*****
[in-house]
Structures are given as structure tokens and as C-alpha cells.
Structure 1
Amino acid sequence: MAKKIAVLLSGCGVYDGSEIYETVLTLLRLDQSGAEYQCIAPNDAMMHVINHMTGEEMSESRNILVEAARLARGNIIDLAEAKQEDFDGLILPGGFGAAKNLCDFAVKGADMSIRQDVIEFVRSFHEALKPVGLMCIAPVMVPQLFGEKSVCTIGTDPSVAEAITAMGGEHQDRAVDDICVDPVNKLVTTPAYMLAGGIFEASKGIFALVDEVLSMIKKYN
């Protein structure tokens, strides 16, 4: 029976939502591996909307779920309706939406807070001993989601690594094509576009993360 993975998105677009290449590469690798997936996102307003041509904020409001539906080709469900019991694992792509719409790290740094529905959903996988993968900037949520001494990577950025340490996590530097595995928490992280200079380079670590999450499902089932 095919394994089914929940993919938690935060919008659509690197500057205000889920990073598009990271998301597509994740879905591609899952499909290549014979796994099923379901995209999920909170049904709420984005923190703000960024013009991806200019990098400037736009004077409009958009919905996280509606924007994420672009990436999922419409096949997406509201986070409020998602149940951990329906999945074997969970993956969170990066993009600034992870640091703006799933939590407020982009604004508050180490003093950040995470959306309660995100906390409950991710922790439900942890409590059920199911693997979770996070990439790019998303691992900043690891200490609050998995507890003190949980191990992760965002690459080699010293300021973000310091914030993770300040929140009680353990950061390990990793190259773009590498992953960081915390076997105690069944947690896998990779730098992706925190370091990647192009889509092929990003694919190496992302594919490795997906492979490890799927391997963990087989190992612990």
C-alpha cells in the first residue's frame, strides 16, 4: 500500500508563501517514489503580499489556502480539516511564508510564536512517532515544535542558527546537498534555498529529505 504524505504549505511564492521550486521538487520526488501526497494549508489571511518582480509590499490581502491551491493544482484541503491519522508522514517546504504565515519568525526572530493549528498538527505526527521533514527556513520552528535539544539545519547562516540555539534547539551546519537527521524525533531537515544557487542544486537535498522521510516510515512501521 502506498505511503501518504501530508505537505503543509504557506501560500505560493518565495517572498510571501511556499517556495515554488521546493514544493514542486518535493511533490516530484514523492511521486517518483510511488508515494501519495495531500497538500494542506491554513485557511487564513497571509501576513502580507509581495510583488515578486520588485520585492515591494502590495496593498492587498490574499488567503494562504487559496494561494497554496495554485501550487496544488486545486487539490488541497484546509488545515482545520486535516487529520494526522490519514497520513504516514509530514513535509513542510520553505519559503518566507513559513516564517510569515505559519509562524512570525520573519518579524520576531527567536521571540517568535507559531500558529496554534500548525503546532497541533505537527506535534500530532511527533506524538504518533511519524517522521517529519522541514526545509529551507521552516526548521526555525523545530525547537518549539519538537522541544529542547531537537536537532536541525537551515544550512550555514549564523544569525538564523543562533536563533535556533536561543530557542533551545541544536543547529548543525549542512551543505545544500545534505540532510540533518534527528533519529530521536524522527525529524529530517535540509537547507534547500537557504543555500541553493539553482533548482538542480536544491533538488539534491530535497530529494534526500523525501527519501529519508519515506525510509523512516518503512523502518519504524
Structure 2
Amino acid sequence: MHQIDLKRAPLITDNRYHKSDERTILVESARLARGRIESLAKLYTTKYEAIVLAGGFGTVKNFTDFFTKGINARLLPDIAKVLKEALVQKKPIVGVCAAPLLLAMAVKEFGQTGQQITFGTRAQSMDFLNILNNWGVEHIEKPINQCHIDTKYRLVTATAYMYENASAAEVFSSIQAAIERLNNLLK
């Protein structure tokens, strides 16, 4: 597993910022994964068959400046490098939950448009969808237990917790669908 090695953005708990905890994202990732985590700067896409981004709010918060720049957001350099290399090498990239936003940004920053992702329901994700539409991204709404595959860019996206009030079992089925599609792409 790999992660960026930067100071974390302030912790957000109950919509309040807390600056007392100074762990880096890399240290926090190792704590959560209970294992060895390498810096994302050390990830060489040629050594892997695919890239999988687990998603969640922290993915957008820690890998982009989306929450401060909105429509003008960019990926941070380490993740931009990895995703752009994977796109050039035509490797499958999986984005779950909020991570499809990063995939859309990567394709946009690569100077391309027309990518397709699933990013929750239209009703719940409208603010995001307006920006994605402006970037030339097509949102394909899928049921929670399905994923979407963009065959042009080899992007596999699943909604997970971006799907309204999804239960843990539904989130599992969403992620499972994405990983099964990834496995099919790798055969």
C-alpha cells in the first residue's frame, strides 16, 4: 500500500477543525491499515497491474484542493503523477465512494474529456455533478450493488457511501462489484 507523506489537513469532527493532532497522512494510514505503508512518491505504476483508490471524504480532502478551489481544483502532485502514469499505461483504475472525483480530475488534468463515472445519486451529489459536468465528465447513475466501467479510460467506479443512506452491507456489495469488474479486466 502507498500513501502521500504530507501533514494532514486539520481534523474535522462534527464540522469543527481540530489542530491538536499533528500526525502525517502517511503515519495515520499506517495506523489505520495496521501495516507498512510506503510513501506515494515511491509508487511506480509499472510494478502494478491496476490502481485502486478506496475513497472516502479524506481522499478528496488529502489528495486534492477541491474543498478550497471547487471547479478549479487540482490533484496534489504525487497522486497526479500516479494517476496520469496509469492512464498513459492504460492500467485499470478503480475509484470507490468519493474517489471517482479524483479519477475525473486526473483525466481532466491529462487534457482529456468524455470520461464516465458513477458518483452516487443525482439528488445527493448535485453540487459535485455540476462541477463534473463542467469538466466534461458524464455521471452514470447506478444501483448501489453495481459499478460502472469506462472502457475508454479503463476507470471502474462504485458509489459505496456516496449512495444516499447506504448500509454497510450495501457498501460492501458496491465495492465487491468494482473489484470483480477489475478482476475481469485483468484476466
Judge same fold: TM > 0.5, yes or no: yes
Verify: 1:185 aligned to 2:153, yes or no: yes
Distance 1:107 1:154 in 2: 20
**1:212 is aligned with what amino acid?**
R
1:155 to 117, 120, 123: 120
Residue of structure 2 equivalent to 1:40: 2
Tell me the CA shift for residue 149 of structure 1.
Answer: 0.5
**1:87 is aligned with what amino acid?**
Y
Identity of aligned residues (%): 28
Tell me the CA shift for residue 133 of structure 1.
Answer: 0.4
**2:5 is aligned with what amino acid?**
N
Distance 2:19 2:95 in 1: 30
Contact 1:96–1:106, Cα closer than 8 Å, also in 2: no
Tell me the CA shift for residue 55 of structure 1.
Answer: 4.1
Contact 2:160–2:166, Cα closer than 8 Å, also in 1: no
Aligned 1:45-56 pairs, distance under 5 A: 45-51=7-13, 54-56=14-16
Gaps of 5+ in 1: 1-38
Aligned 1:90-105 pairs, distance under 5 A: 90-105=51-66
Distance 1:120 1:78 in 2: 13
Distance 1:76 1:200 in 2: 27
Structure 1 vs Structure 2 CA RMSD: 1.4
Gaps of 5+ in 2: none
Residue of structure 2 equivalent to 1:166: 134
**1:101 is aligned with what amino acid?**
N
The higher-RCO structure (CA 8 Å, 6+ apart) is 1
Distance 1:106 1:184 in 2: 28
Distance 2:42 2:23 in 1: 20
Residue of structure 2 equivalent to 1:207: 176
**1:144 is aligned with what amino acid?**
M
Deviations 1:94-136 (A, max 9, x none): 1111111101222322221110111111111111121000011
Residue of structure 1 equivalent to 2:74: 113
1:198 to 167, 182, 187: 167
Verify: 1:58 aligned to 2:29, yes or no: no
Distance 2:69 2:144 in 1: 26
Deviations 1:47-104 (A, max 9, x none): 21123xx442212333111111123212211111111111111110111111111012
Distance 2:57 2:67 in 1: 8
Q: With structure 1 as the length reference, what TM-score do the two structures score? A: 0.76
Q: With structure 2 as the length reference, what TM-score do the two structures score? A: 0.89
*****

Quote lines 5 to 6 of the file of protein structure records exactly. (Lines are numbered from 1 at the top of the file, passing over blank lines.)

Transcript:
């Protein structure tokens, strides 16, 4: 029976939502591996909307779920309706939406807070001993989601690594094509576009993360 993975998105677009290449590469690798997936996102307003041509904020409001539906080709469900019991694992792509719409790290740094529905959903996988993968900037949520001494990577950025340490996590530097595995928490992280200079380079670590999450499902089932 095919394994089914929940993919938690935060919008659509690197500057205000889920990073598009990271998301597509994740879905591609899952499909290549014979796994099923379901995209999920909170049904709420984005923190703000960024013009991806200019990098400037736009004077409009958009919905996280509606924007994420672009990436999922419409096949997406509201986070409020998602149940951990329906999945074997969970993956969170990066993009600034992870640091703006799933939590407020982009604004508050180490003093950040995470959306309660995100906390409950991710922790439900942890409590059920199911693997979770996070990439790019998303691992900043690891200490609050998995507890003190949980191990992760965002690459080699010293300021973000310091914030993770300040929140009680353990950061390990990793190259773009590498992953960081915390076997105690069944947690896998990779730098992706925190370091990647192009889509092929990003694919190496992302594919490795997906492979490890799927391997963990087989190992612990």
C-alpha cells in the first residue's frame, strides 16, 4: 500500500508563501517514489503580499489556502480539516511564508510564536512517532515544535542558527546537498534555498529529505 504524505504549505511564492521550486521538487520526488501526497494549508489571511518582480509590499490581502491551491493544482484541503491519522508522514517546504504565515519568525526572530493549528498538527505526527521533514527556513520552528535539544539545519547562516540555539534547539551546519537527521524525533531537515544557487542544486537535498522521510516510515512501521 502506498505511503501518504501530508505537505503543509504557506501560500505560493518565495517572498510571501511556499517556495515554488521546493514544493514542486518535493511533490516530484514523492511521486517518483510511488508515494501519495495531500497538500494542506491554513485557511487564513497571509501576513502580507509581495510583488515578486520588485520585492515591494502590495496593498492587498490574499488567503494562504487559496494561494497554496495554485501550487496544488486545486487539490488541497484546509488545515482545520486535516487529520494526522490519514497520513504516514509530514513535509513542510520553505519559503518566507513559513516564517510569515505559519509562524512570525520573519518579524520576531527567536521571540517568535507559531500558529496554534500548525503546532497541533505537527506535534500530532511527533506524538504518533511519524517522521517529519522541514526545509529551507521552516526548521526555525523545530525547537518549539519538537522541544529542547531537537536537532536541525537551515544550512550555514549564523544569525538564523543562533536563533535556533536561543530557542533551545541544536543547529548543525549542512551543505545544500545534505540532510540533518534527528533519529530521536524522527525529524529530517535540509537547507534547500537557504543555500541553493539553482533548482538542480536544491533538488539534491530535497530529494534526500523525501527519501529519508519515506525510509523512516518503512523502518519504524